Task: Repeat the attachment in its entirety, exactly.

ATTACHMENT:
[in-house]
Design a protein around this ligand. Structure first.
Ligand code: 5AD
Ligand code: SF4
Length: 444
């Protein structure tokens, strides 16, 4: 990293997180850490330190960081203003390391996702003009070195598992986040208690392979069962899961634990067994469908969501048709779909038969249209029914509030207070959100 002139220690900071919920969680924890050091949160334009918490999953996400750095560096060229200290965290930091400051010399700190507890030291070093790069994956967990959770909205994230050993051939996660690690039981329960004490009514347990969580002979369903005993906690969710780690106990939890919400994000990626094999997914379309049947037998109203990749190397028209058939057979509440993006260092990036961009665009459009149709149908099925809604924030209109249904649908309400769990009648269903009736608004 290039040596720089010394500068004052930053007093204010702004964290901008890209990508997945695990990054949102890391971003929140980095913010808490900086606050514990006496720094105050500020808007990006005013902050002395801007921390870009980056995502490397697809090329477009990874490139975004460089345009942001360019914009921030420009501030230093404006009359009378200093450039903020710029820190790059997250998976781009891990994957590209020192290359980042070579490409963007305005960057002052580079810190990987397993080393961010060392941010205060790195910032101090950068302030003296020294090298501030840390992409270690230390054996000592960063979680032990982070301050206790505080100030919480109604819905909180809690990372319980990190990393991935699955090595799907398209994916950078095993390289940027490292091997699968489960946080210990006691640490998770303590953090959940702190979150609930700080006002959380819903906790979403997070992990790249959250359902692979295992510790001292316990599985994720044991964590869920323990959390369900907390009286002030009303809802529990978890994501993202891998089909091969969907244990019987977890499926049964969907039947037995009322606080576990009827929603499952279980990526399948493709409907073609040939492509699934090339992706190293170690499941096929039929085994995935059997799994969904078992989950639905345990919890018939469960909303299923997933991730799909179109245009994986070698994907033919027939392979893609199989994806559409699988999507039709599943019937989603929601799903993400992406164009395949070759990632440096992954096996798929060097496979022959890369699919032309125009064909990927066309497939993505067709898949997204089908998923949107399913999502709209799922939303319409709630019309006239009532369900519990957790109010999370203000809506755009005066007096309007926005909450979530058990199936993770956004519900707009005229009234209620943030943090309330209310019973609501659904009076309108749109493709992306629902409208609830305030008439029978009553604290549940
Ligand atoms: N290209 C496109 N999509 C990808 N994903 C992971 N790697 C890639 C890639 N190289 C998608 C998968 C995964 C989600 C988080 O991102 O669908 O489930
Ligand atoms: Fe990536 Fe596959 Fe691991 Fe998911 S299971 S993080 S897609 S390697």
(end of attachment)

[in-house]
Design a protein around this ligand. Structure first.
Ligand code: 5AD
Ligand code: SF4
Length: 444
């Protein structure tokens, strides 16, 4: 990293997180850490330190960081203003390391996702003009070195598992986040208690392979069962899961634990067994469908969501048709779909038969249209029914509030207070959100 002139220690900071919920969680924890050091949160334009918490999953996400750095560096060229200290965290930091400051010399700190507890030291070093790069994956967990959770909205994230050993051939996660690690039981329960004490009514347990969580002979369903005993906690969710780690106990939890919400994000990626094999997914379309049947037998109203990749190397028209058939057979509440993006260092990036961009665009459009149709149908099925809604924030209109249904649908309400769990009648269903009736608004 290039040596720089010394500068004052930053007093204010702004964290901008890209990508997945695990990054949102890391971003929140980095913010808490900086606050514990006496720094105050500020808007990006005013902050002395801007921390870009980056995502490397697809090329477009990874490139975004460089345009942001360019914009921030420009501030230093404006009359009378200093450039903020710029820190790059997250998976781009891990994957590209020192290359980042070579490409963007305005960057002052580079810190990987397993080393961010060392941010205060790195910032101090950068302030003296020294090298501030840390992409270690230390054996000592960063979680032990982070301050206790505080100030919480109604819905909180809690990372319980990190990393991935699955090595799907398209994916950078095993390289940027490292091997699968489960946080210990006691640490998770303590953090959940702190979150609930700080006002959380819903906790979403997070992990790249959250359902692979295992510790001292316990599985994720044991964590869920323990959390369900907390009286002030009303809802529990978890994501993202891998089909091969969907244990019987977890499926049964969907039947037995009322606080576990009827929603499952279980990526399948493709409907073609040939492509699934090339992706190293170690499941096929039929085994995935059997799994969904078992989950639905345990919890018939469960909303299923997933991730799909179109245009994986070698994907033919027939392979893609199989994806559409699988999507039709599943019937989603929601799903993400992406164009395949070759990632440096992954096996798929060097496979022959890369699919032309125009064909990927066309497939993505067709898949997204089908998923949107399913999502709209799922939303319409709630019309006239009532369900519990957790109010999370203000809506755009005066007096309007926005909450979530058990199936993770956004519900707009005229009234209620943030943090309330209310019973609501659904009076309108749109493709992306629902409208609830305030008439029978009553604290549940
Ligand atoms: N290209 C496109 N999509 C990808 N994903 C992971 N790697 C890639 C890639 N190289 C998608 C998968 C995964 C989600 C988080 O991102 O669908 O489930
Ligand atoms: Fe990536 Fe596959 Fe691991 Fe998911 S299971 S993080 S897609 S390697």